Germany PESTLE Insights - A Macroeconomic Outlook Report
Summary Nordrhein-Westfalen, Bayern, Niedersachsen and Baden-Württemberg are among the best performing regions in Germany. They accounted for 63.1% of the country’s GDP in 2018, and were home to 60.3% of the German population in 2019
Financial intermediation, real estate and business activities contributed 25.5% to the gross value added (GVA) in 2020, followed by mining, manufacturing and utilities (24.6%), and wholesale, retail and hotels (11.9%), according to GlobalData estimates. In nominal terms, these three sectors are forecast to grow by 5.8%, 5.1%, and 5.2%, respectively, in 2021.
Scope - Germany’s international investment position improved by 5.90% during Q1-Q3 2020 compared with Q1-Q3 2019 - The overall DAX 30 index has exhibited an upward trend over the past year. On February 16, 2021, the DAX 30 index stood at 14,109.48, compared to 13,744.21 on February 16, 2020.
Reasons to Buy - Macroeconomic Outlook Report identifies the potentials of the country as an investment destination by analyzing the political, economic, social, technological, legal and environmental (PESTLE) structure. - PESTLE Insights provides 360 degree view of the economy which can be used as a strategic tool to understand the market dynamics, business potentials and direction of operations - Along with providing the country’s snapshot, the report captures the risk factors pertaining to the macroeconomic risks, political environment, legal environment, demographic and social structure effectiveness, technology & infrastructure and natural and geographic aspects that might impact business. - This report also highlights key clusters/cities which contribute significantly to the country GDP and population along with major companies’ presence in these areas.
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Policy towards private enterprise and competition 2018-19: The government pursues some liberalising reforms and scales back public stakes in some "non-strategic" firms. Progress is made in lowering barriers of entry to sheltered sectors, despite continued public and trade union resistance.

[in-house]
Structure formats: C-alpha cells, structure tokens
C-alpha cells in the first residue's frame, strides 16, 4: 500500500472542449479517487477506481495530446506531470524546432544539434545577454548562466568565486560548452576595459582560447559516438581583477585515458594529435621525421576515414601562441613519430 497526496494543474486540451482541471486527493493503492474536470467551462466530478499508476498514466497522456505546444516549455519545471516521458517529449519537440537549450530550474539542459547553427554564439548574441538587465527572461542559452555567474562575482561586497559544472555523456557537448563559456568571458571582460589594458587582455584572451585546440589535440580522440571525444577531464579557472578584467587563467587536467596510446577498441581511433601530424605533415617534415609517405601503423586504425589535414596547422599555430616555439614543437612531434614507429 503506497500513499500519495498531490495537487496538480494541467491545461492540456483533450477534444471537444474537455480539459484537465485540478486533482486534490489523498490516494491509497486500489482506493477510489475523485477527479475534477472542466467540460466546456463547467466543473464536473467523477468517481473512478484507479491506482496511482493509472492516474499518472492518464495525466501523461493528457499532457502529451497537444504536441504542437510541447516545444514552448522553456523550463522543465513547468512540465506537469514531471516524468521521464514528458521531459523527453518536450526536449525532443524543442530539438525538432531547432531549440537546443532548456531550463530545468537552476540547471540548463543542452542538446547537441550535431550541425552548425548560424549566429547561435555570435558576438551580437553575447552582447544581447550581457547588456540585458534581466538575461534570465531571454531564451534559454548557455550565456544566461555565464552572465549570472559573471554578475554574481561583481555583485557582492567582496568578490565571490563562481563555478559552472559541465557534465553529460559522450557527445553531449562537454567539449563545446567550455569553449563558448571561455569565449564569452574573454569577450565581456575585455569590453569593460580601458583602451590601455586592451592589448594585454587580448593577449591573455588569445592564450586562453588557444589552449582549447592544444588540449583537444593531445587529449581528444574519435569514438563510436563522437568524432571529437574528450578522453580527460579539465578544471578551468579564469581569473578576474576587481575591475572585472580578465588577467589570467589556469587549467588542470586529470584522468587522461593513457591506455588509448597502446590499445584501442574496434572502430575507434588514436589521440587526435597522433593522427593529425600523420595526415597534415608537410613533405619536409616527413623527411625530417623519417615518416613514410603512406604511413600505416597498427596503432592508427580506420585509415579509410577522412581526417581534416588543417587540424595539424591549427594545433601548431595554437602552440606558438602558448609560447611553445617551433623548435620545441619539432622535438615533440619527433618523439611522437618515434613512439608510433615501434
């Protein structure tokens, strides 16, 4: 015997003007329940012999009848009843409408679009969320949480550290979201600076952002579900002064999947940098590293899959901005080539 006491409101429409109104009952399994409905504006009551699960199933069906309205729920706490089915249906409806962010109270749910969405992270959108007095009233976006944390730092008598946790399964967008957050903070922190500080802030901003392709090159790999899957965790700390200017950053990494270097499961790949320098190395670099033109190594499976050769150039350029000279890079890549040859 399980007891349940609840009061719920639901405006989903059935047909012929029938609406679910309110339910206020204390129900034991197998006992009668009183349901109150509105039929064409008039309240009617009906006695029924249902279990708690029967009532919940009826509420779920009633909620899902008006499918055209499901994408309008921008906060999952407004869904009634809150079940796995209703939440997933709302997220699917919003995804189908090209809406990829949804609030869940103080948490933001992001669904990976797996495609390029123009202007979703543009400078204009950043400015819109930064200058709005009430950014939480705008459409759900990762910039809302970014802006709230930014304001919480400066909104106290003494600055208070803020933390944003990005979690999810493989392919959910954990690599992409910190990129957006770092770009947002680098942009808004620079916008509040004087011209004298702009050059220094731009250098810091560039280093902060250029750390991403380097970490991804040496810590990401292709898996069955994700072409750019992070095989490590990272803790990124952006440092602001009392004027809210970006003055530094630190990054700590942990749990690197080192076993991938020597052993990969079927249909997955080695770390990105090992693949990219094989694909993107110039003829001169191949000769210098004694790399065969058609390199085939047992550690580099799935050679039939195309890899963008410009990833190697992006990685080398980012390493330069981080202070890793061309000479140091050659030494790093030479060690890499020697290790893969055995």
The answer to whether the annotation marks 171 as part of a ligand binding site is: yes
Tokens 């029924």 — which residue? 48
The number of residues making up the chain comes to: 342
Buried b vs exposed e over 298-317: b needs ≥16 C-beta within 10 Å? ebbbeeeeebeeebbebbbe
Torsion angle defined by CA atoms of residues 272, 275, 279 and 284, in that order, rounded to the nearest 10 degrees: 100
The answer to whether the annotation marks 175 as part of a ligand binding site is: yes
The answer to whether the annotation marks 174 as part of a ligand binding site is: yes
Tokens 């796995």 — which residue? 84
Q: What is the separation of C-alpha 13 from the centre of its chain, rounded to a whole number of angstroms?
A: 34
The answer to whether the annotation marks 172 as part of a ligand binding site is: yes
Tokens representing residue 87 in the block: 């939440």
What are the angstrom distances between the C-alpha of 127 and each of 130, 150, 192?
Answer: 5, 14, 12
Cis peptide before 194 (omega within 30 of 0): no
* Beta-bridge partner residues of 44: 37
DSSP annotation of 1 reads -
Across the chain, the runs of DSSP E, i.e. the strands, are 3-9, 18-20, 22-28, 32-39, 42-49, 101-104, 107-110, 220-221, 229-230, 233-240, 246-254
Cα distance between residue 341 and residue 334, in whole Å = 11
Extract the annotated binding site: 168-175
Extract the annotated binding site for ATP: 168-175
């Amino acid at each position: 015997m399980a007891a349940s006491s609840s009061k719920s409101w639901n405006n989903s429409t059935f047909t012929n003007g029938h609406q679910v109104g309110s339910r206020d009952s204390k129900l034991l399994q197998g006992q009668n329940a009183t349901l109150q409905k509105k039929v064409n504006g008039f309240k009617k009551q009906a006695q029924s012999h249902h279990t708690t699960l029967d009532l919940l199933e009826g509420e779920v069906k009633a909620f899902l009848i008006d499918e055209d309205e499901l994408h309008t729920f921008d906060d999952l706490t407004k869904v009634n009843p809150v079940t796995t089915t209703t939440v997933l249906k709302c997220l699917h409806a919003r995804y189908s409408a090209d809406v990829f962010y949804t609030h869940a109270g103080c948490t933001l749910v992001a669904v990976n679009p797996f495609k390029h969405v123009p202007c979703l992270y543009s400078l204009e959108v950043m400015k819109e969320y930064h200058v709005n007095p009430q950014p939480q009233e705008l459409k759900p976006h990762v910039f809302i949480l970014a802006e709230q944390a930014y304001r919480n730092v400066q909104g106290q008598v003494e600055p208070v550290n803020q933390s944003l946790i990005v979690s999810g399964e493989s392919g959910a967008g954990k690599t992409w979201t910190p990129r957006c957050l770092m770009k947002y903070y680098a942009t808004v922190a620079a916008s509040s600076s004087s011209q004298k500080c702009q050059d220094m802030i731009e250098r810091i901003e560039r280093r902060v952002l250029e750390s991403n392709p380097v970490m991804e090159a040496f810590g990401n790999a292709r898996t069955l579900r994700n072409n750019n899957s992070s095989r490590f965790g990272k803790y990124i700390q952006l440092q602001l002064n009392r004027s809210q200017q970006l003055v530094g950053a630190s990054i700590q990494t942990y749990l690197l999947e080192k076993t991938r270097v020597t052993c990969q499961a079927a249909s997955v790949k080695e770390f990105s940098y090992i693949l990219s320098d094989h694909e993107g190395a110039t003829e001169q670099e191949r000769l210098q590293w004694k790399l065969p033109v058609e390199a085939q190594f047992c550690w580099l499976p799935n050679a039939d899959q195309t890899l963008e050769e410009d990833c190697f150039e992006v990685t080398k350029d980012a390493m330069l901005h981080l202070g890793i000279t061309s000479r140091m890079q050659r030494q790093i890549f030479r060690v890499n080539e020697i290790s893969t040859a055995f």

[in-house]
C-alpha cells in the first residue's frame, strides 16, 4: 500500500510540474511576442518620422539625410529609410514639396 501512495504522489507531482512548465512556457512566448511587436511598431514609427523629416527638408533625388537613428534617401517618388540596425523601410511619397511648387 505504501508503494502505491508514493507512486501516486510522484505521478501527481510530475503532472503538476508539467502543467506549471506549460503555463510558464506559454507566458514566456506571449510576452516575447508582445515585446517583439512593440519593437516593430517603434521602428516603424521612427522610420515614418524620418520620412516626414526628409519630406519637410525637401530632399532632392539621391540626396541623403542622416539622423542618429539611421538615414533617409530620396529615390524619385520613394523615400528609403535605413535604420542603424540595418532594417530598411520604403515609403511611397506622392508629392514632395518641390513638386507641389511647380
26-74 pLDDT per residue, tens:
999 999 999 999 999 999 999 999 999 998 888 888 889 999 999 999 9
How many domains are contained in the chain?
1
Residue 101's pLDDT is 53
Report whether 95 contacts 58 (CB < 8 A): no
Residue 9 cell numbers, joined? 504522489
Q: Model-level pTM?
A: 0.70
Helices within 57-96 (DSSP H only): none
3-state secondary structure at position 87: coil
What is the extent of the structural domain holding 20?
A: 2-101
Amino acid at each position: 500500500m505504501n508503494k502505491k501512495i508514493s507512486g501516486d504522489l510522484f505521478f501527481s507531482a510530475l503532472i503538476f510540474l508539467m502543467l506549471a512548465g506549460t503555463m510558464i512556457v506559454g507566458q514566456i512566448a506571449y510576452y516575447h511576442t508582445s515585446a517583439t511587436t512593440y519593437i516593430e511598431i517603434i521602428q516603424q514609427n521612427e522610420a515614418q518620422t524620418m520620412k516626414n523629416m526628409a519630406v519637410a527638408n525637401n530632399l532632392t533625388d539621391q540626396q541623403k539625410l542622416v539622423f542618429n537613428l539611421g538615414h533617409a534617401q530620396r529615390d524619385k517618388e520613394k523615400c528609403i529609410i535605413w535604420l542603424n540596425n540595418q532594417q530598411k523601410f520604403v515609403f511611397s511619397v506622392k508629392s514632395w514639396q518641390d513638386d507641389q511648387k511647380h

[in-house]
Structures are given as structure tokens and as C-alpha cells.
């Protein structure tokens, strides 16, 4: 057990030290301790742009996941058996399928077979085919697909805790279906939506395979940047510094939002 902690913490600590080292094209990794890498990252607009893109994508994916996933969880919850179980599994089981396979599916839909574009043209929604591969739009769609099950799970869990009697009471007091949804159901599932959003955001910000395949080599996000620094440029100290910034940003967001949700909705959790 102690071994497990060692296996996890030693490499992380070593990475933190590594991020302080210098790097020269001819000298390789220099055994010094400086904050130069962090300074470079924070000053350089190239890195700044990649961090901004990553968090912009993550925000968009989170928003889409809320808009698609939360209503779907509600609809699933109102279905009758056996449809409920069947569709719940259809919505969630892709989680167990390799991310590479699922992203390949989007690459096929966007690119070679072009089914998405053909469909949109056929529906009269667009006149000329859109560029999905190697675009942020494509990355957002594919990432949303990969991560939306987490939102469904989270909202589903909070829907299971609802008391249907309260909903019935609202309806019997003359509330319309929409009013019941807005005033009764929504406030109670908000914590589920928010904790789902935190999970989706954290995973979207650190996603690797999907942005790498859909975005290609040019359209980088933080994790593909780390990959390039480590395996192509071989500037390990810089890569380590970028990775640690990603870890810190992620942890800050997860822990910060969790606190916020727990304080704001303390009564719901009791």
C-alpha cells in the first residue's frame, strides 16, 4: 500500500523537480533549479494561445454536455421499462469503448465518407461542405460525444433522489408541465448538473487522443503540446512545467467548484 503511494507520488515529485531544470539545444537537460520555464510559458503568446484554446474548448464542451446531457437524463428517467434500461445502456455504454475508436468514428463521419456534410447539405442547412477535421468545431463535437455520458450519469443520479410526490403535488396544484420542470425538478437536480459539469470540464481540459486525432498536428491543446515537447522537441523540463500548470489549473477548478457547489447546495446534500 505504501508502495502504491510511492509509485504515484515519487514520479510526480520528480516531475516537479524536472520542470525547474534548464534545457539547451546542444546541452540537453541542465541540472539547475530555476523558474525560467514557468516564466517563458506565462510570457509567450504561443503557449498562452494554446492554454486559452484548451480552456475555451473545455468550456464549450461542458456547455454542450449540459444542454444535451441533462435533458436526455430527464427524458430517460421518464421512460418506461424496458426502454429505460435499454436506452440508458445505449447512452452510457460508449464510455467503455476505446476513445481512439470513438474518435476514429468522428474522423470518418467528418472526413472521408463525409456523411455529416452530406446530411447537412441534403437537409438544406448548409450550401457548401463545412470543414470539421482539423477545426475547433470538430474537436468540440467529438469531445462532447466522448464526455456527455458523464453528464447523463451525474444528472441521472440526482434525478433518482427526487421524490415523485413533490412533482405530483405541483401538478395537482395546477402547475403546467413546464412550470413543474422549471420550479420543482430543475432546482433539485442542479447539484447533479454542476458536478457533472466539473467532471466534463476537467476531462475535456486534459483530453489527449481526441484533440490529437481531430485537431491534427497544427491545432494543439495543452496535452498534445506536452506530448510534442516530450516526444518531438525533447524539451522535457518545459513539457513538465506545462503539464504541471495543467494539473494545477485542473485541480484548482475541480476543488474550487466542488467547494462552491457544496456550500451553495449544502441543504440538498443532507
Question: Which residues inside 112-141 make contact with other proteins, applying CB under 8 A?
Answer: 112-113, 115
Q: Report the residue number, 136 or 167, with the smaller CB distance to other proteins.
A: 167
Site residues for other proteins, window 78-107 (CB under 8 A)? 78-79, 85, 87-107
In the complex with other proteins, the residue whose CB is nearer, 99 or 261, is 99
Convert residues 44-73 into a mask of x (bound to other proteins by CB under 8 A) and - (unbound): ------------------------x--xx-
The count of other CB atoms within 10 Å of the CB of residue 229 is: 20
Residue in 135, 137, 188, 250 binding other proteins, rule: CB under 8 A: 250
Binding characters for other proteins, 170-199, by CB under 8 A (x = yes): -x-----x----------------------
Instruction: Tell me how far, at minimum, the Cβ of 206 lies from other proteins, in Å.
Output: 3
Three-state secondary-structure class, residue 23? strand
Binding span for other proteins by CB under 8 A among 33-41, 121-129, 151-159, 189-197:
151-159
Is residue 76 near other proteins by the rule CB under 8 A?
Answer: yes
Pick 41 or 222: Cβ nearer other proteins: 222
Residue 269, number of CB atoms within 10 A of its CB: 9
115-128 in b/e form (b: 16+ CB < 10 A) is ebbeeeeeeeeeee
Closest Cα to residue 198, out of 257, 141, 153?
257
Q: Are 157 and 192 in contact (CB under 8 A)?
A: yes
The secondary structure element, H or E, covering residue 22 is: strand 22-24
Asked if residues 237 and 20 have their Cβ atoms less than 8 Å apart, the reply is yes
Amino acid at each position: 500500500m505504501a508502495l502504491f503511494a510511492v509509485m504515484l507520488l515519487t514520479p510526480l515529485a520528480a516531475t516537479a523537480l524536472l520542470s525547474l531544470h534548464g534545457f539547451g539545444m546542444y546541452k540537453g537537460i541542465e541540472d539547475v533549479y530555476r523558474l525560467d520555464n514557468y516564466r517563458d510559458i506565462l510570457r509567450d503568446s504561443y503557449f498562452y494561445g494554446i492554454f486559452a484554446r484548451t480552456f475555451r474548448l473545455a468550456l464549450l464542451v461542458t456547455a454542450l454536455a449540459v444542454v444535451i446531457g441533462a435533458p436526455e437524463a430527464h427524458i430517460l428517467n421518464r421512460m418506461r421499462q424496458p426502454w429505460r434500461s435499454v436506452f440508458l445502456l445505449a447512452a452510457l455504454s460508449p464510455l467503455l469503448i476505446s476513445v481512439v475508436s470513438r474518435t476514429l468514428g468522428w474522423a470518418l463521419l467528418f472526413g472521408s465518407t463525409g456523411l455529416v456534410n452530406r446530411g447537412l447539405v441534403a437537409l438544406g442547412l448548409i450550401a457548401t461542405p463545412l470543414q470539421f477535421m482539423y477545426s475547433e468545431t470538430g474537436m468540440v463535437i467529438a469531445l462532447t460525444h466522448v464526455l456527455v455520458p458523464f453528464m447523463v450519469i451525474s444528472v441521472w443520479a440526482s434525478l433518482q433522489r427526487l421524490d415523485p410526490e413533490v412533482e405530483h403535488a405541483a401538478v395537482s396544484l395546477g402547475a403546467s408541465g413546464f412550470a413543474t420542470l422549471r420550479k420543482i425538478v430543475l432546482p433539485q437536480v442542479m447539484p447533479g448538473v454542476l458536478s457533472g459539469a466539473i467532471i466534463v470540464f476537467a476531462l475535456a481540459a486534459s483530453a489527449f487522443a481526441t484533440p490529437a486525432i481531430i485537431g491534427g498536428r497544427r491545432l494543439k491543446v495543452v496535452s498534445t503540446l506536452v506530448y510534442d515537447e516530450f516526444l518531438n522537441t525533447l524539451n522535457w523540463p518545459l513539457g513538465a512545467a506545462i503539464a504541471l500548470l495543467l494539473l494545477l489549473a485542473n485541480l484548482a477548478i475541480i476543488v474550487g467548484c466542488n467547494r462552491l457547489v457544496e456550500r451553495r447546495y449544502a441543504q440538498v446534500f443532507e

Policy towards private enterprise and competition 2018-19: Government maintains a relatively liberal stance on private enterprise. The bureaucratic burden is modest. Plans have been proposed to divest stakes in state-owned rail, road and energy companies. The partial privatisation of the Port of Tallinn...
Policy towards private enterprise and competition 2018-19: The government maintains a liberal stance on private enterprise. In the financial services sector the reprivatisation continues of ABN AMRO, a bank nationalised in 2008. Divestment of state lottery and state casino operator also planned.
Policy towards private enterprise and competition 2018-19: Limited progress in efforts to improve performance of state-owned enterprises. Efforts to crack down on the shadow economy may negatively affect legitimate businesses. Measures to tackle corruption will continue, driven by Lithuania's accession...
Policy towards private enterprise and competition 2017-18: Weak government leads to further delays in lowering barriers to competition in sheltered sectors of the economy. Possible further partial divestment of government's majority stake in previously nationalised pillar banks. 2019-21:...
Policy towards private enterprise and competition 2017-18: The authorities take steps to expand the formal economy. Competition in the banking sector increases as the authorities' efforts to improve capital allocation in the financial system increasingly have an impact. 2019-21:...
Policy towards private enterprise and competition 2018-19: The government seeks to criminalise serious cartel behaviour. Legislation permitting the Commerce Commission to undertake market-competitiveness studies on its own initiative is introduced. 2020-22: Monopolistic practices...
Gross Domestic Product
Foreign Direct Investment
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